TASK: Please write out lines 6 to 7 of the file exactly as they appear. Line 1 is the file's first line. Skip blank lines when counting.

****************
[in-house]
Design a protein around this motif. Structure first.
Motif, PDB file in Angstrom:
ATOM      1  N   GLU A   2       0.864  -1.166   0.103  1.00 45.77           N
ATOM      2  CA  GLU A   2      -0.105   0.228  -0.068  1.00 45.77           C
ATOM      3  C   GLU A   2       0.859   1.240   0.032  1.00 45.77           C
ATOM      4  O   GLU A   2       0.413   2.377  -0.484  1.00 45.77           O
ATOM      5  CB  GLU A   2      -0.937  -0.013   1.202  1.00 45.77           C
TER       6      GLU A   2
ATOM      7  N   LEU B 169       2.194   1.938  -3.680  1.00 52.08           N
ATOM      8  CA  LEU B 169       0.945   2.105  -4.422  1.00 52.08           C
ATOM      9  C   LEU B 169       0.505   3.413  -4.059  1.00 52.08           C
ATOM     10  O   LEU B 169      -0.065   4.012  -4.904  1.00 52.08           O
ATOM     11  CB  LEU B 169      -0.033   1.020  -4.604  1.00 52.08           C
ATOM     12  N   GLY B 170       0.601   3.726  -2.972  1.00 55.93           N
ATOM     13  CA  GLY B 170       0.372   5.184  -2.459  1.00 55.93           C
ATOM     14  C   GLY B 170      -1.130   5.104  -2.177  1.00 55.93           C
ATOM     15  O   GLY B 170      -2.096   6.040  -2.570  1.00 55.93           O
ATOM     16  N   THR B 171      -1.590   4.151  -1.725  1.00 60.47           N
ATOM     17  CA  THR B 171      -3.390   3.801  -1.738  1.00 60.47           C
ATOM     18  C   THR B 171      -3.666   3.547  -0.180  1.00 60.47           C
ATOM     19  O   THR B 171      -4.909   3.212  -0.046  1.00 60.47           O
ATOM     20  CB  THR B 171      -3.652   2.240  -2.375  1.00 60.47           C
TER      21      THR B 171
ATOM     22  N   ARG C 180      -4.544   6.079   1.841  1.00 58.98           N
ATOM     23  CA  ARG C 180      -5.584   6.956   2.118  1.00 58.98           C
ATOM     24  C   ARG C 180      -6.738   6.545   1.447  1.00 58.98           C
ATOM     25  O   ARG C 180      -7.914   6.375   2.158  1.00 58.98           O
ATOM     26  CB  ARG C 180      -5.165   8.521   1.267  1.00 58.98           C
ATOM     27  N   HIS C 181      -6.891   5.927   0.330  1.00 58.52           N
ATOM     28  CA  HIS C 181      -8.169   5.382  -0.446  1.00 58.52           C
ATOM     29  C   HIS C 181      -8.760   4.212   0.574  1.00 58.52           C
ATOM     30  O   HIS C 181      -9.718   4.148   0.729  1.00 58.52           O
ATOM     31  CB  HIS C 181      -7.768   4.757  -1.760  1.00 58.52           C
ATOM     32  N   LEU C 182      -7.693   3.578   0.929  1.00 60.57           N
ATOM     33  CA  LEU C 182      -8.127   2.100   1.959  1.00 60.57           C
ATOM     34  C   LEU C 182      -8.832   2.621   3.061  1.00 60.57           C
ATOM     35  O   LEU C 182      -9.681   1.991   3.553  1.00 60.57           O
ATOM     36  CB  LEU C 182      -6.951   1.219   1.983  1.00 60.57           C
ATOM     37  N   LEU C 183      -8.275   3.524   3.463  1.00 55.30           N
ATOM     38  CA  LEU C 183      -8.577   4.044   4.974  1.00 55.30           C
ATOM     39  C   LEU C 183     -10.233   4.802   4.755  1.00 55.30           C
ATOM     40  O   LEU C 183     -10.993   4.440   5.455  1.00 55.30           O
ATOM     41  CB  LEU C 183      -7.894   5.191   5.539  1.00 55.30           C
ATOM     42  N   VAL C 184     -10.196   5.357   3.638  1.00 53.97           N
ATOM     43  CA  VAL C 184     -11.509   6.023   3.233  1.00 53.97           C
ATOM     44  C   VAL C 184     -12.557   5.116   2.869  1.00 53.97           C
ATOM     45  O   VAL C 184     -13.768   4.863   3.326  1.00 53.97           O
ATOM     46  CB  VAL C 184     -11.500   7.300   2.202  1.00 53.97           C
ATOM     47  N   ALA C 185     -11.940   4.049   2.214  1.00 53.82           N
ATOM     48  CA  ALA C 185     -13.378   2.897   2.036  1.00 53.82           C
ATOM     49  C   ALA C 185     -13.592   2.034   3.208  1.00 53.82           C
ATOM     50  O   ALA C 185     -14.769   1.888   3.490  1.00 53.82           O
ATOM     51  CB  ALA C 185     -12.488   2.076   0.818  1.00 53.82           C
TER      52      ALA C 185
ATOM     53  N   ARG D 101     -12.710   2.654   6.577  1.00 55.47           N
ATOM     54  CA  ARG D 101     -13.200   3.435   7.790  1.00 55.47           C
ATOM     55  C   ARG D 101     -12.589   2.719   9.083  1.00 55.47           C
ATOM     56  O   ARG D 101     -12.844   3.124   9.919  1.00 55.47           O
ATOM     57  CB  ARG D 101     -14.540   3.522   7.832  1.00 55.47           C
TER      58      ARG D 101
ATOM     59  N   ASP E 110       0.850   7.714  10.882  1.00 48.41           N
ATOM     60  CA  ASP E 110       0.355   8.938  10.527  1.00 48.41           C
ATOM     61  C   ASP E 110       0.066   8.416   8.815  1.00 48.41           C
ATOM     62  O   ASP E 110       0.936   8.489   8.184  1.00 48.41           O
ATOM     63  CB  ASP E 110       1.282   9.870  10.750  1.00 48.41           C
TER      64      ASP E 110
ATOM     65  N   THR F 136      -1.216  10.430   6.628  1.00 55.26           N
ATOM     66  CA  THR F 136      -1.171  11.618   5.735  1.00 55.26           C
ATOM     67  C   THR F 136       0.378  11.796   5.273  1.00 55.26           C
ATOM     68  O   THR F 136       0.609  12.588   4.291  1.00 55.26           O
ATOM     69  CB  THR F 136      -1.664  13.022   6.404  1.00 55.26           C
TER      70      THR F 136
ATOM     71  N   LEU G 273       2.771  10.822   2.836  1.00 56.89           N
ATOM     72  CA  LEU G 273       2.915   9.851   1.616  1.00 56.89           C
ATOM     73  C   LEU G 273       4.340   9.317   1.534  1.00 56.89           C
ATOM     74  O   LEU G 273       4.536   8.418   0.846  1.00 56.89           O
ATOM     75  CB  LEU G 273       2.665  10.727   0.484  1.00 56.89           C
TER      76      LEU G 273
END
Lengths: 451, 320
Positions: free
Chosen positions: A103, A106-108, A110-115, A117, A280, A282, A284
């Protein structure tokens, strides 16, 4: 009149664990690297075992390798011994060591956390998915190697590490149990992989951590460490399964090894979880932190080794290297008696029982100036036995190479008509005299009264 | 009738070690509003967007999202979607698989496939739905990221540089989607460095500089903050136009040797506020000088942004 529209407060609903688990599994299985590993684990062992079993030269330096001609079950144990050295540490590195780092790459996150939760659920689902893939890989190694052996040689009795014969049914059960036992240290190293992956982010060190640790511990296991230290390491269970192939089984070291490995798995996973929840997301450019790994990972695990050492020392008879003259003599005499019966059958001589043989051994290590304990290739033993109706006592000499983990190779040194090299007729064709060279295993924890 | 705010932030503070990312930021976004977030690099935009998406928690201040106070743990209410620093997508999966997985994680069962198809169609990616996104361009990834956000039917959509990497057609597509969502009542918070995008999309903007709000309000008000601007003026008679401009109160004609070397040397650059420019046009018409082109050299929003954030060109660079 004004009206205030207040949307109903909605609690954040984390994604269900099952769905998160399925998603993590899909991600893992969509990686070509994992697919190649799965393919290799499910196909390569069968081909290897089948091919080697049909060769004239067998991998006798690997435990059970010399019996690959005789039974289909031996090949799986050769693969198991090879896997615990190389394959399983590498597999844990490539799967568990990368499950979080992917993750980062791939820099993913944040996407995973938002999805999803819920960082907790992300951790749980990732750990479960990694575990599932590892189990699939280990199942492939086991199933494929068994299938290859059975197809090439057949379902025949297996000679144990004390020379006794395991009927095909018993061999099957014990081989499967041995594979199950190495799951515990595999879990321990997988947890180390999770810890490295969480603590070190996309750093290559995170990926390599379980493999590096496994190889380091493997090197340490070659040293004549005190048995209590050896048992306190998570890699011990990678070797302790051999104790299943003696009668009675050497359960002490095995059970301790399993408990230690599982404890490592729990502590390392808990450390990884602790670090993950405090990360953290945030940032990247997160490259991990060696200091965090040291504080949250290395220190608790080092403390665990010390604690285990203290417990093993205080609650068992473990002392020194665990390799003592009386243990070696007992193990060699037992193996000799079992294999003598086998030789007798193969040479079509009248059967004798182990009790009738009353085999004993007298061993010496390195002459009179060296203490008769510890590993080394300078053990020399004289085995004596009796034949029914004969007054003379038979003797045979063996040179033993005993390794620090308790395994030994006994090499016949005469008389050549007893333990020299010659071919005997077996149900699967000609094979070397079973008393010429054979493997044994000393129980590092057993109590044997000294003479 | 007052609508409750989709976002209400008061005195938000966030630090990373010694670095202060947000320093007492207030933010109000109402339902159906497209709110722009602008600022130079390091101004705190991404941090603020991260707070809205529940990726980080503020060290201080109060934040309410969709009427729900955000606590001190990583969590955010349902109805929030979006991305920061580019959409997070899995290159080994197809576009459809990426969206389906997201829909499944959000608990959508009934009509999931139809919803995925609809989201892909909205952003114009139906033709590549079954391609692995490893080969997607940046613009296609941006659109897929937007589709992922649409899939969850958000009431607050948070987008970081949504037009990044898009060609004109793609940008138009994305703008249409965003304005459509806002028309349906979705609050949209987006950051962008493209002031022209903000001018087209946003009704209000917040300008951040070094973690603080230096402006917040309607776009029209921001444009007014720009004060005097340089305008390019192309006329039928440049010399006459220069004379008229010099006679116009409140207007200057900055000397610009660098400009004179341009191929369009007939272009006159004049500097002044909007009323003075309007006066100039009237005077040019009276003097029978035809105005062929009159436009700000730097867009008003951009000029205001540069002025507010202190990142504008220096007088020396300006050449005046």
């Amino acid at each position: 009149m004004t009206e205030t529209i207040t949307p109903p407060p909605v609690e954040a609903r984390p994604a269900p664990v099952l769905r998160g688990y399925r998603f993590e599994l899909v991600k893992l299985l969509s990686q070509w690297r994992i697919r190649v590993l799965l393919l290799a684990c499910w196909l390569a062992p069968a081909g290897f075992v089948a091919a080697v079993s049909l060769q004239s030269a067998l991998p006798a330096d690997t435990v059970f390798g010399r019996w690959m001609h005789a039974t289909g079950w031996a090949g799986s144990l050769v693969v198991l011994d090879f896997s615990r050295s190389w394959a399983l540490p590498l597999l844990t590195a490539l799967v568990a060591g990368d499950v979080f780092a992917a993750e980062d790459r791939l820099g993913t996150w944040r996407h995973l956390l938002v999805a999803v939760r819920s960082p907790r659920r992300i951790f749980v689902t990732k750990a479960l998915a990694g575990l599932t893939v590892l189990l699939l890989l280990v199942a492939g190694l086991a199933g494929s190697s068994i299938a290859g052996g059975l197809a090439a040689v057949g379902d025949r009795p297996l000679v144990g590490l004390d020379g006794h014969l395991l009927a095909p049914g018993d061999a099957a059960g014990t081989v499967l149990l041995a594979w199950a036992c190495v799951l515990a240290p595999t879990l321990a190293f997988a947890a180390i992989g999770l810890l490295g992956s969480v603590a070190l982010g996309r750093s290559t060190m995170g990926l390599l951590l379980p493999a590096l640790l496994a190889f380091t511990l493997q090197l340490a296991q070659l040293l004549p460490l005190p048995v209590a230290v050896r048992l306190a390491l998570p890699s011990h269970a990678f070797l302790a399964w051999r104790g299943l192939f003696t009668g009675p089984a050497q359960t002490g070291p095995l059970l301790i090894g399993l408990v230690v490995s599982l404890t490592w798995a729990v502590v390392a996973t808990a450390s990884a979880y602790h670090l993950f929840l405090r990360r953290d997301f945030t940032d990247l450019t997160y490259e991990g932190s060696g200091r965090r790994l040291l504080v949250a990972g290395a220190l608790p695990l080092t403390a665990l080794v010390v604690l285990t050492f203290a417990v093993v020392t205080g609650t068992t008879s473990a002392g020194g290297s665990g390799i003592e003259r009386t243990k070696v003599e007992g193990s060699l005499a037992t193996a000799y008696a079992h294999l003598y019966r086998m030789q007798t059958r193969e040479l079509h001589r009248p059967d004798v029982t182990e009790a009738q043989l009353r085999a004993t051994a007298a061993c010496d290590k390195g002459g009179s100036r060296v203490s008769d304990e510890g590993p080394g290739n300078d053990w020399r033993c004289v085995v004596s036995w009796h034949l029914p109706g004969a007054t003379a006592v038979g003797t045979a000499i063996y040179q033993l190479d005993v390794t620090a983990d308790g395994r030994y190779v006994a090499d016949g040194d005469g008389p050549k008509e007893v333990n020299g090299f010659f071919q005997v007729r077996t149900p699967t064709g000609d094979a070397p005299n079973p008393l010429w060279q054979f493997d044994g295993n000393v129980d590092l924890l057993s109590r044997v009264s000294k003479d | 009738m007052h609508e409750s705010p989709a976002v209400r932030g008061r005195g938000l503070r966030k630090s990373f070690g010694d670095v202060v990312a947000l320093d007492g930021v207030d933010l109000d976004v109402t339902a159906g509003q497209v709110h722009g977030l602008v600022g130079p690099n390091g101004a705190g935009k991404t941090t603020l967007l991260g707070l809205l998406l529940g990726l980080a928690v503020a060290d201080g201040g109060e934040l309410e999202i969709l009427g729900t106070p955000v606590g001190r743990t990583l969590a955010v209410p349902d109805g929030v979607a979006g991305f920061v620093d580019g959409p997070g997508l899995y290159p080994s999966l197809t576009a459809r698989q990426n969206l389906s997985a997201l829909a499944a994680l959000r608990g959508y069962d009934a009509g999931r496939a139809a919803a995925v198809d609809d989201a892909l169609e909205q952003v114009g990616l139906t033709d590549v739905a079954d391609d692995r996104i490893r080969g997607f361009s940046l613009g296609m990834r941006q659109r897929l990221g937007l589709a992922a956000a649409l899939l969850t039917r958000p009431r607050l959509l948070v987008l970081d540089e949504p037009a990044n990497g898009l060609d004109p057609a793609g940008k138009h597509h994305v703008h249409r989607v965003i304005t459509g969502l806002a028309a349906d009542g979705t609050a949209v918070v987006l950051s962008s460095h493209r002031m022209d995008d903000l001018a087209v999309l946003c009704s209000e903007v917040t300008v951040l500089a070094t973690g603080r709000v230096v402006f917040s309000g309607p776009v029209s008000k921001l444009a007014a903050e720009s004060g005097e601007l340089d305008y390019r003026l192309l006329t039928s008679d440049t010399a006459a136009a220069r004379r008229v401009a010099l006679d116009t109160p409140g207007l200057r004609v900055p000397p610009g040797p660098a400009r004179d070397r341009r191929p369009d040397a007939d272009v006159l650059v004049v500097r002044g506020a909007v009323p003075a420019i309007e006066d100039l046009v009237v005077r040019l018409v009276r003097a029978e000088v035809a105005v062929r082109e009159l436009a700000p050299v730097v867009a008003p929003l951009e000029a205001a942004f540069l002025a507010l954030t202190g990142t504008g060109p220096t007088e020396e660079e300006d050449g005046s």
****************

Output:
ATOM      3  C   GLU A   2       0.859   1.240   0.032  1.00 45.77           C
ATOM      4  O   GLU A   2       0.413   2.377  -0.484  1.00 45.77           O